How Do AP Classes Actually Affect Your Future?


Lara Secl

AP classes are just a small part of a high school student’s concerns.

One of Kennedy’s most prized statistics is its AP participation, which is among the highest in Iowa. More than 47% of Kennedy students took an AP exam in 2021, and 34% passed at least one, according to U.S. News. AP credit is said to save students time, money and energy in college. What have AP classes done for Kennedy graduates?

Kayde Bowers is a sophomore at Iowa State University who graduated Kennedy in 2020. Bowers will major in Aerospace Engineering, which takes most students nine semesters to complete. The credit from his high school AP classes will allow Bowers to graduate in eight semesters.

“I haven’t met anyone who said they graduated in four years,” Bowers said. “But my AP classes got me out of over half a semester worth of classes, so all my [semesters] are less than 15 [credit hours], and my senior year, I’ll have a 12 credit hour semester. Which is nice, because you can’t go underneath 12 or else you’re no longer a full-time student.”

Graduating earlier saved Bowers a semester’s worth of payments, not to mention time.

“I was kind of worried I would have to take a fifth year, which would have been fairly expensive and [I] wouldn’t have wanted to go for the extra year,” said Bowers. “College is fun, but I’m kind of excited to start doing something, you know?”

AP classes let graduates to take on double majors with their extra time. Madison Strait, another sophomore at Iowa State University, is pursuing majors in chemistry and mathematics. Originally, she only planned to major in chemistry.

“I came into Iowa State with 29 credits under my belt, which is an entire year’s worth of credits,” said Strait. “So, I was like, ‘Huh, I’m not going to be able to graduate early because certain classes have to be taken [in] certain semesters.’ So I figured, why not add a second major?”

Kaleigh Martin is in a similar situation. After graduating from Kennedy in 2021, she went to Salem State University to double-major in history and education. Due to high school AP credit and extra college courses, Martin will be able to jump directly into her junior year in 2022.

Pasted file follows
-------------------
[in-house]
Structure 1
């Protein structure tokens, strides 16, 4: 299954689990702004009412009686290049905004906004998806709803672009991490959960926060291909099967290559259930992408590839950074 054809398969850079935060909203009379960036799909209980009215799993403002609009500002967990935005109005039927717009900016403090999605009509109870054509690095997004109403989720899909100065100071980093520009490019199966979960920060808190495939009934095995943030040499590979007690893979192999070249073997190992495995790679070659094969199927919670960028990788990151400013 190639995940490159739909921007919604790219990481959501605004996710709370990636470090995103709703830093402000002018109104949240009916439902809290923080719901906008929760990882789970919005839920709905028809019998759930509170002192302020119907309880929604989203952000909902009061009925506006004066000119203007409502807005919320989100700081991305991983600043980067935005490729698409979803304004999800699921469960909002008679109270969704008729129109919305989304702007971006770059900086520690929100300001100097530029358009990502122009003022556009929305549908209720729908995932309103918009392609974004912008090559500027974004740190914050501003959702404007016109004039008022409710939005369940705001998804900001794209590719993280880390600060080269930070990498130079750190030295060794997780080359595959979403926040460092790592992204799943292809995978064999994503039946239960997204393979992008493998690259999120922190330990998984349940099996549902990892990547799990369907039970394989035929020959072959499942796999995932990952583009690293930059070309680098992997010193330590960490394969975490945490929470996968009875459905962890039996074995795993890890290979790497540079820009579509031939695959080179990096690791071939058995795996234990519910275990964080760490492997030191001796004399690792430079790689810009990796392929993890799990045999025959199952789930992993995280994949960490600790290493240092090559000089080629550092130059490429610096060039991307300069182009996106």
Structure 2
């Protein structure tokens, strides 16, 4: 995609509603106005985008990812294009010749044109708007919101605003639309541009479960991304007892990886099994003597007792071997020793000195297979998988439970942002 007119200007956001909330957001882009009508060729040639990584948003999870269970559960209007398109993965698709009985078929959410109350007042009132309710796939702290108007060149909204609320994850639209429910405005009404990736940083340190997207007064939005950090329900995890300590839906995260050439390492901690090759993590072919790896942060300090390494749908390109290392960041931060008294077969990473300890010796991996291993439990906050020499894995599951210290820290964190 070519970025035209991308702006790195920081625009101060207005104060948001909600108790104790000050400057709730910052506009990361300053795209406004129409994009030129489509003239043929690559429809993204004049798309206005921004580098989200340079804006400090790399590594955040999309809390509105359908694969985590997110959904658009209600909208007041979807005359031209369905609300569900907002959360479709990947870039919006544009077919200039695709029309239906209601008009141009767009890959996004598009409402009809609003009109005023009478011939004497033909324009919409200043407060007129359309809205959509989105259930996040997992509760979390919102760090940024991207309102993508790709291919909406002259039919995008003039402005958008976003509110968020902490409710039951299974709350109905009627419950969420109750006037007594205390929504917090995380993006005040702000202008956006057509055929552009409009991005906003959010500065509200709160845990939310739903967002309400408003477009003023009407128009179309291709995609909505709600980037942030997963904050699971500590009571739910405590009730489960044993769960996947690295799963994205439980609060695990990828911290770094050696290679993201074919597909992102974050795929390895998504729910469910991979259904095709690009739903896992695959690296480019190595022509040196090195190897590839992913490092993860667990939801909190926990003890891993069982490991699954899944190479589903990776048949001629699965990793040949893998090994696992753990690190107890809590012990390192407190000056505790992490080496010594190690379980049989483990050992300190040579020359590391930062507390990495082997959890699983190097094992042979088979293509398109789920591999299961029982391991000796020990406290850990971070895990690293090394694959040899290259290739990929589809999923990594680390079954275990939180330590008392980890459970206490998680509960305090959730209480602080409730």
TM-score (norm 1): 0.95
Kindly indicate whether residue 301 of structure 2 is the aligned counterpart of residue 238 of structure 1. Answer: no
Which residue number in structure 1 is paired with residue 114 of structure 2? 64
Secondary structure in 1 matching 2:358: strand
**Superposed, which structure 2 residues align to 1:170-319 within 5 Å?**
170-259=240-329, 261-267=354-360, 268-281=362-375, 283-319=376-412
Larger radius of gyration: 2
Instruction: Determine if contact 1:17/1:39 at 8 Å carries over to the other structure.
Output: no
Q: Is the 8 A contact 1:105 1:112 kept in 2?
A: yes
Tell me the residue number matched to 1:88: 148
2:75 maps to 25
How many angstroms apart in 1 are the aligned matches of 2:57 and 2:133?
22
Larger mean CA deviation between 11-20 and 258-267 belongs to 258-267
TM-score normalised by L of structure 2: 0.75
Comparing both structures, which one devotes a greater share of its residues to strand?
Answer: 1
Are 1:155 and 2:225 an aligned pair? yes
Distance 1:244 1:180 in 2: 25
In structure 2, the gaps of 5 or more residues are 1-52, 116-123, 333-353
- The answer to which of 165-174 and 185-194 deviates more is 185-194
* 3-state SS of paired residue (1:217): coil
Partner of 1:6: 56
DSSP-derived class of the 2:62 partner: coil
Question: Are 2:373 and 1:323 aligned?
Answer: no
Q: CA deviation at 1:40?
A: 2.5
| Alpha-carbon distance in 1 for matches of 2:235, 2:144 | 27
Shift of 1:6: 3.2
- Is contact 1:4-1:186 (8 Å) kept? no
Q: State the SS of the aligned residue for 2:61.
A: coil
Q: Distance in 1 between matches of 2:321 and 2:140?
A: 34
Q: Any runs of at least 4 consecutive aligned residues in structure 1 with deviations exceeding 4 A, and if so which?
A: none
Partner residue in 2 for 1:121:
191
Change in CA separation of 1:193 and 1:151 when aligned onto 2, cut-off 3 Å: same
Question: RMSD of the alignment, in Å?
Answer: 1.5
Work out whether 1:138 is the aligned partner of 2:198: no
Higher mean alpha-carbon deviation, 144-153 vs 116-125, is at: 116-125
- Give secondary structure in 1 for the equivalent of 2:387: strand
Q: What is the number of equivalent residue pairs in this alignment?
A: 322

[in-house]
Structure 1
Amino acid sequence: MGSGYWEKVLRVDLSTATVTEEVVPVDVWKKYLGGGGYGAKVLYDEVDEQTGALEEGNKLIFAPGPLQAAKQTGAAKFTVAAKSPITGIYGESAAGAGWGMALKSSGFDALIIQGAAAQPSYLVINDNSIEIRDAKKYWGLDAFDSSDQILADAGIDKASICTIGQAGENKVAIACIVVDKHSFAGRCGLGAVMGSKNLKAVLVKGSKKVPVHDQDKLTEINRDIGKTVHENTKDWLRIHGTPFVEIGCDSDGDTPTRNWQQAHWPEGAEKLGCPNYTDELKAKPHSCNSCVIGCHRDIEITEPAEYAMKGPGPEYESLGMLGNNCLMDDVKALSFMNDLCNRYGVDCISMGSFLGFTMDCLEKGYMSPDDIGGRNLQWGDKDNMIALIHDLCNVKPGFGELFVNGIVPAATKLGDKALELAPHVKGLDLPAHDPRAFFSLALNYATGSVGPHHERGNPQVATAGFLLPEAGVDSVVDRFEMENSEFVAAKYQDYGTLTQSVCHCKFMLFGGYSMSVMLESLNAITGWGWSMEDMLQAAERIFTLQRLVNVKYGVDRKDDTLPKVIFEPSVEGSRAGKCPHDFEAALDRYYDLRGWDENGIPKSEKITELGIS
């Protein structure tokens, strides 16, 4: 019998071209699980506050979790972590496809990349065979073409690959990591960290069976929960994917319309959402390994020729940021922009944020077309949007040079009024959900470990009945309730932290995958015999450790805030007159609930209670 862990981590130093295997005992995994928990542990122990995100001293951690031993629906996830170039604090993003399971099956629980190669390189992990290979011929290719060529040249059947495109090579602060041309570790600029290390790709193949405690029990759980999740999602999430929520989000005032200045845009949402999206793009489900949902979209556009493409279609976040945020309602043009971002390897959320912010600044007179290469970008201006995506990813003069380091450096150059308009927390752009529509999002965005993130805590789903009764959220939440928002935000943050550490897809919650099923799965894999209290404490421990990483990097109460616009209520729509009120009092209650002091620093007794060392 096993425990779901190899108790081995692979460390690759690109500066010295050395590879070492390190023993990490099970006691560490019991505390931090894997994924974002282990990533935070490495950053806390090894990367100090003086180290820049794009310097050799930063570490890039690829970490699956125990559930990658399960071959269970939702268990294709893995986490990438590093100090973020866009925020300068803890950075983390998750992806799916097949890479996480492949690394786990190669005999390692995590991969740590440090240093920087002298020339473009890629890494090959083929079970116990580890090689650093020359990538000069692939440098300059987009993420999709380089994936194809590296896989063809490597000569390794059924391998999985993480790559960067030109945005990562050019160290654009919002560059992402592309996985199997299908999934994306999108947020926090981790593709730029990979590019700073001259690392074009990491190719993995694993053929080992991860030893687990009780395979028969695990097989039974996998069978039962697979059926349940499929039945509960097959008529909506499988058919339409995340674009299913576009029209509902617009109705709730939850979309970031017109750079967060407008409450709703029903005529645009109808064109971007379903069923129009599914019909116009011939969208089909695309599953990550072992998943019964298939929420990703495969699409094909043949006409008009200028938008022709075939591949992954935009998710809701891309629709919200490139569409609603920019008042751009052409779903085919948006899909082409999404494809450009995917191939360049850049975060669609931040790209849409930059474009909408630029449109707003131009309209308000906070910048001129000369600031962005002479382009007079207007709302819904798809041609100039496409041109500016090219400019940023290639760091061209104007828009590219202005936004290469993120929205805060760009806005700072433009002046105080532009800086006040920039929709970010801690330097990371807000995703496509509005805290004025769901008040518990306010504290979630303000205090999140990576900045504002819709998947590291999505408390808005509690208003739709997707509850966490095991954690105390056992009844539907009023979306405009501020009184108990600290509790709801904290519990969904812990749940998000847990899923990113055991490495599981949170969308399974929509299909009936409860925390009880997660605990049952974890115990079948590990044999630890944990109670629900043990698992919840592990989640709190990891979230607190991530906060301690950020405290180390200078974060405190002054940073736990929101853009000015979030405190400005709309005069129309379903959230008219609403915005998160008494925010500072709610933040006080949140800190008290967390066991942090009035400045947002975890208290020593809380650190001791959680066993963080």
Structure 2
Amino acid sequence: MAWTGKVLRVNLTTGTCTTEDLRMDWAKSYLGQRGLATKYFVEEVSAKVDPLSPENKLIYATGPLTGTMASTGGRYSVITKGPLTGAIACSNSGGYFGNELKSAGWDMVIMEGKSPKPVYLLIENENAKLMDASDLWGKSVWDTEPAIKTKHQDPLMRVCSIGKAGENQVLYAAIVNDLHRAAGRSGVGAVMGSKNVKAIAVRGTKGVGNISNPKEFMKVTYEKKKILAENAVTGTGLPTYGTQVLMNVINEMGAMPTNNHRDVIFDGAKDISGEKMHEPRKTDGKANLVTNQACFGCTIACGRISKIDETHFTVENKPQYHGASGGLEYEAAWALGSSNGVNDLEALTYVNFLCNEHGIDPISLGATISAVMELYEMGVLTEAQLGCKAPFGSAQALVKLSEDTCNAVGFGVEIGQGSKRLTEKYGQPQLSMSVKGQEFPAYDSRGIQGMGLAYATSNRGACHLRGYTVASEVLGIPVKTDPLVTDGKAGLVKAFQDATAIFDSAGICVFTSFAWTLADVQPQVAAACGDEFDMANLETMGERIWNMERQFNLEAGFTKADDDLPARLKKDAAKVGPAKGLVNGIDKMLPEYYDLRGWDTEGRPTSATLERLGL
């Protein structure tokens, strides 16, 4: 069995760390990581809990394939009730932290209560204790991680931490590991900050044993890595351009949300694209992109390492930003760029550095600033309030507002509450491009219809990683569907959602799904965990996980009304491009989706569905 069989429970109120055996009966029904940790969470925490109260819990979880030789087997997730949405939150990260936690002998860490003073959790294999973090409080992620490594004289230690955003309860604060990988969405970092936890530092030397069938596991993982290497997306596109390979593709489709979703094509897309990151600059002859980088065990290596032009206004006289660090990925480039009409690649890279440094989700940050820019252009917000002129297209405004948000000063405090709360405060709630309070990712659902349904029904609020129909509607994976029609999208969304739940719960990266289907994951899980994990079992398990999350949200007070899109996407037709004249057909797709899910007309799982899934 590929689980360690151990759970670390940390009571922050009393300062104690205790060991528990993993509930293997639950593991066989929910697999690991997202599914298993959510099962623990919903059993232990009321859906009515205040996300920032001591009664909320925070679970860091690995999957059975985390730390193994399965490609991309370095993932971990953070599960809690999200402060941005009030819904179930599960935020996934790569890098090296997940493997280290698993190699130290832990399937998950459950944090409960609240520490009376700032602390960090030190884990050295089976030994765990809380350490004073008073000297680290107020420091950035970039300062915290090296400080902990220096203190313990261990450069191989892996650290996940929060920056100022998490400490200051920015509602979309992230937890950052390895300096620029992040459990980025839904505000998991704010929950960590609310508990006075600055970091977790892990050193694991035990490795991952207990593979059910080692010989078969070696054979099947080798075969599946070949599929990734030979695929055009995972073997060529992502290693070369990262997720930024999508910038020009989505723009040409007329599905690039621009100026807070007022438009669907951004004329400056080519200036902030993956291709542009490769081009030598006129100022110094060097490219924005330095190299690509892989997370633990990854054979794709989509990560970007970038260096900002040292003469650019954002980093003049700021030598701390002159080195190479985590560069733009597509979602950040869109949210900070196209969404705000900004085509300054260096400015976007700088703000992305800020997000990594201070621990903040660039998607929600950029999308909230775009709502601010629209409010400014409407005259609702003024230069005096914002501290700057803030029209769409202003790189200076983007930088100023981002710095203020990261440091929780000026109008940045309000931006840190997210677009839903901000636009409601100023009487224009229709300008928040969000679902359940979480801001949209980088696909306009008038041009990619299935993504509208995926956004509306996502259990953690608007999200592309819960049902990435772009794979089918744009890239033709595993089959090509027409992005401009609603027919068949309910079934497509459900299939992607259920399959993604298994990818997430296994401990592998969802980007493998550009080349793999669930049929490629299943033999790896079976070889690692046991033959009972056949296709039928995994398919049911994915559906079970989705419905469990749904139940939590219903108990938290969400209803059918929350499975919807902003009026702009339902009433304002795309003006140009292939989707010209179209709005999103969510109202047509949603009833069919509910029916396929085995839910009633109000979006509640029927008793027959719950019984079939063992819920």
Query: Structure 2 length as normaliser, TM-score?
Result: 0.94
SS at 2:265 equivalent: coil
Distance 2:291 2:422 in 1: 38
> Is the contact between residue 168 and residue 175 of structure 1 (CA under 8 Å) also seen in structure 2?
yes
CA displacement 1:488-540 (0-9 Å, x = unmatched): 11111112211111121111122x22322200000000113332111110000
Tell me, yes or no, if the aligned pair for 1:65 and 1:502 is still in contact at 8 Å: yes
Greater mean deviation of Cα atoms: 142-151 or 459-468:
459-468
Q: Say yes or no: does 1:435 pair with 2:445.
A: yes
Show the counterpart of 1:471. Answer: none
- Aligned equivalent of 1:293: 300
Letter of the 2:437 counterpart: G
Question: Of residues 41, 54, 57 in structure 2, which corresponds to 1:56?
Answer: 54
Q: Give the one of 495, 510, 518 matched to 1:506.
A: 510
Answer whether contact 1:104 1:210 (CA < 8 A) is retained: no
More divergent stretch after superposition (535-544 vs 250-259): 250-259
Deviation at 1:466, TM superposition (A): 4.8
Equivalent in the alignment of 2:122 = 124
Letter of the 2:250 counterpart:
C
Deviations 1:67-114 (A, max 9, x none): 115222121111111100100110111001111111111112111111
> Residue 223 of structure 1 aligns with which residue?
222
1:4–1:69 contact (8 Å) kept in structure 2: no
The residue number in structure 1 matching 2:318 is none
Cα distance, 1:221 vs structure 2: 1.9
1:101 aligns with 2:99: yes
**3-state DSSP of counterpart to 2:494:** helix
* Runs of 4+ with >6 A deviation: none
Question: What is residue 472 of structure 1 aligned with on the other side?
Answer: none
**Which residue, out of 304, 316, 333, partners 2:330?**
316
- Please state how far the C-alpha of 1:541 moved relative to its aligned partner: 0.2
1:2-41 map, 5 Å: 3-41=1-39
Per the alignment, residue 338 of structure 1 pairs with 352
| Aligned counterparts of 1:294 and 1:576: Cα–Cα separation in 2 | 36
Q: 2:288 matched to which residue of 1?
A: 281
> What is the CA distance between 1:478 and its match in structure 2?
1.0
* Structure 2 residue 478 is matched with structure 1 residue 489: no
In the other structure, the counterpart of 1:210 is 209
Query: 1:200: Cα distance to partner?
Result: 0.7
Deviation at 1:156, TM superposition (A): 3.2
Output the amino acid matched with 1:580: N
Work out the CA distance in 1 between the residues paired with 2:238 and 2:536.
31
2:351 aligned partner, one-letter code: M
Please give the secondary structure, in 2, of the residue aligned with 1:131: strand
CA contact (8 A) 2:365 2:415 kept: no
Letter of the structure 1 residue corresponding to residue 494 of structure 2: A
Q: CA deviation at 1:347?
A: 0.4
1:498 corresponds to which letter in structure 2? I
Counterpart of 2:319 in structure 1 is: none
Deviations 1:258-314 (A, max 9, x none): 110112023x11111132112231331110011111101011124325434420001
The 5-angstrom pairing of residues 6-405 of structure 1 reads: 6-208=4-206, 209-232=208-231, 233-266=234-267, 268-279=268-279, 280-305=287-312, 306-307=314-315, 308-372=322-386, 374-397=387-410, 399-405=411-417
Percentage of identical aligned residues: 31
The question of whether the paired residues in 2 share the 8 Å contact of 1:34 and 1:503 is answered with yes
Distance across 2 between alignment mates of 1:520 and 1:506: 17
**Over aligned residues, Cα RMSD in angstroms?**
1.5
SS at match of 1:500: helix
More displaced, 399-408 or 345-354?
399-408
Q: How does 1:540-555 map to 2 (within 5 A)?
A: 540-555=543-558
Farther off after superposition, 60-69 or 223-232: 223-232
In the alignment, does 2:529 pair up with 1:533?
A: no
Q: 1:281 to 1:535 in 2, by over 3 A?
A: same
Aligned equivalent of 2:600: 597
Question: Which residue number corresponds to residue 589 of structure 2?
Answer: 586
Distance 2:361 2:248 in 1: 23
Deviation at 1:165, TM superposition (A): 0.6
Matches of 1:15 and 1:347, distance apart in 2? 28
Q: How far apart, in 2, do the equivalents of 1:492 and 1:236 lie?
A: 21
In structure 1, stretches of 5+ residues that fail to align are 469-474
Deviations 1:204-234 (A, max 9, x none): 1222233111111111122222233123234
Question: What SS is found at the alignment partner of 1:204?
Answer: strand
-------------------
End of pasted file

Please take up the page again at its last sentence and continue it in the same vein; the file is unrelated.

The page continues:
“With the program I’m in, I’m going to graduate with my undergrad a year early,” Martin said. “I’m going to combine grad and undergrad programs, so I will still graduate in four years, but I’ll have a master’s at [the] end of that four years instead of a bachelor’s.”

By skipping her sophomore year, Martin will save $32,291 in tuition and room and board fees. However, Martin found her most beneficial AP class was one from which she did not receive college credit: AP Research.

“With how Research is structured, you work the entire year on your research topic,” said Martin. “You have to kind of plan that out and stay on top of it. I’m one of those people who sometimes needs to fail before I get it right, and I definitely struggled with the time management, so it kind of helped me be better with time management now.”

Likewise, Bowers and Strait found that AP classes prepared them better for the college workload. Strait spends an average of five hours per day outside class on work. She’s also involved in three bands, a chemistry club, a sorority, undergraduate research, ISU After Dark and resident advising.